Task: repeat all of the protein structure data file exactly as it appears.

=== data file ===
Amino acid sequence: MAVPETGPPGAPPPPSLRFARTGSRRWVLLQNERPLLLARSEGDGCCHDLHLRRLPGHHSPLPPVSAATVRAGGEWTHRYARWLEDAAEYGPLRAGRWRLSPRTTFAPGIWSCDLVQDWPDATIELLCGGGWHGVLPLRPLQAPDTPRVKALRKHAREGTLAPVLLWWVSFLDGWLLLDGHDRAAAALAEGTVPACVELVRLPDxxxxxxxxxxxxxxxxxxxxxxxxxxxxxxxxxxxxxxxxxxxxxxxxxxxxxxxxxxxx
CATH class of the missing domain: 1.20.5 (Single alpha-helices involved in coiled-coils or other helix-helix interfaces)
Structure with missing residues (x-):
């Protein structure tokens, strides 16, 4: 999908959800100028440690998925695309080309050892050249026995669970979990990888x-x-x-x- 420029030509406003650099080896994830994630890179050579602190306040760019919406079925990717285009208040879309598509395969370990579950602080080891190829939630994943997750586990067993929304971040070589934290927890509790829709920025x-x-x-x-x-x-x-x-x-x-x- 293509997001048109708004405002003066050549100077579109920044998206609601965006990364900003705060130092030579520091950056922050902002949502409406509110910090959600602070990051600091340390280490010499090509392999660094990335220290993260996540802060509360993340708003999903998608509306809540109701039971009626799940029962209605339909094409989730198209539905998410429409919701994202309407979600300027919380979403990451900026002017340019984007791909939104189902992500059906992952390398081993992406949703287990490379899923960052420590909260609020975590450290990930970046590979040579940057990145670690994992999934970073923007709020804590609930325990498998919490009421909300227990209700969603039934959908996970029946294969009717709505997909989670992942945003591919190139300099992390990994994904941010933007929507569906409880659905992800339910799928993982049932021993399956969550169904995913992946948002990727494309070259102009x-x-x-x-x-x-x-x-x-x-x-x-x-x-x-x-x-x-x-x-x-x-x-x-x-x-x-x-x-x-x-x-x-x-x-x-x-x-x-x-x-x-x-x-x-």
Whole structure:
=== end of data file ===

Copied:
Amino acid sequence: MAVPETGPPGAPPPPSLRFARTGSRRWVLLQNERPLLLARSEGDGCCHDLHLRRLPGHHSPLPPVSAATVRAGGEWTHRYARWLEDAAEYGPLRAGRWRLSPRTTFAPGIWSCDLVQDWPDATIELLCGGGWHGVLPLRPLQAPDTPRVKALRKHAREGTLAPVLLWWVSFLDGWLLLDGHDRAAAALAEGTVPACVELVRLPDxxxxxxxxxxxxxxxxxxxxxxxxxxxxxxxxxxxxxxxxxxxxxxxxxxxxxxxxxxxx
CATH class of the missing domain: 1.20.5 (Single alpha-helices involved in coiled-coils or other helix-helix interfaces)
Structure with missing residues (x-):
């Protein structure tokens, strides 16, 4: 999908959800100028440690998925695309080309050892050249026995669970979990990888x-x-x-x- 420029030509406003650099080896994830994630890179050579602190306040760019919406079925990717285009208040879309598509395969370990579950602080080891190829939630994943997750586990067993929304971040070589934290927890509790829709920025x-x-x-x-x-x-x-x-x-x-x- 293509997001048109708004405002003066050549100077579109920044998206609601965006990364900003705060130092030579520091950056922050902002949502409406509110910090959600602070990051600091340390280490010499090509392999660094990335220290993260996540802060509360993340708003999903998608509306809540109701039971009626799940029962209605339909094409989730198209539905998410429409919701994202309407979600300027919380979403990451900026002017340019984007791909939104189902992500059906992952390398081993992406949703287990490379899923960052420590909260609020975590450290990930970046590979040579940057990145670690994992999934970073923007709020804590609930325990498998919490009421909300227990209700969603039934959908996970029946294969009717709505997909989670992942945003591919190139300099992390990994994904941010933007929507569906409880659905992800339910799928993982049932021993399956969550169904995913992946948002990727494309070259102009x-x-x-x-x-x-x-x-x-x-x-x-x-x-x-x-x-x-x-x-x-x-x-x-x-x-x-x-x-x-x-x-x-x-x-x-x-x-x-x-x-x-x-x-x-």
Whole structure: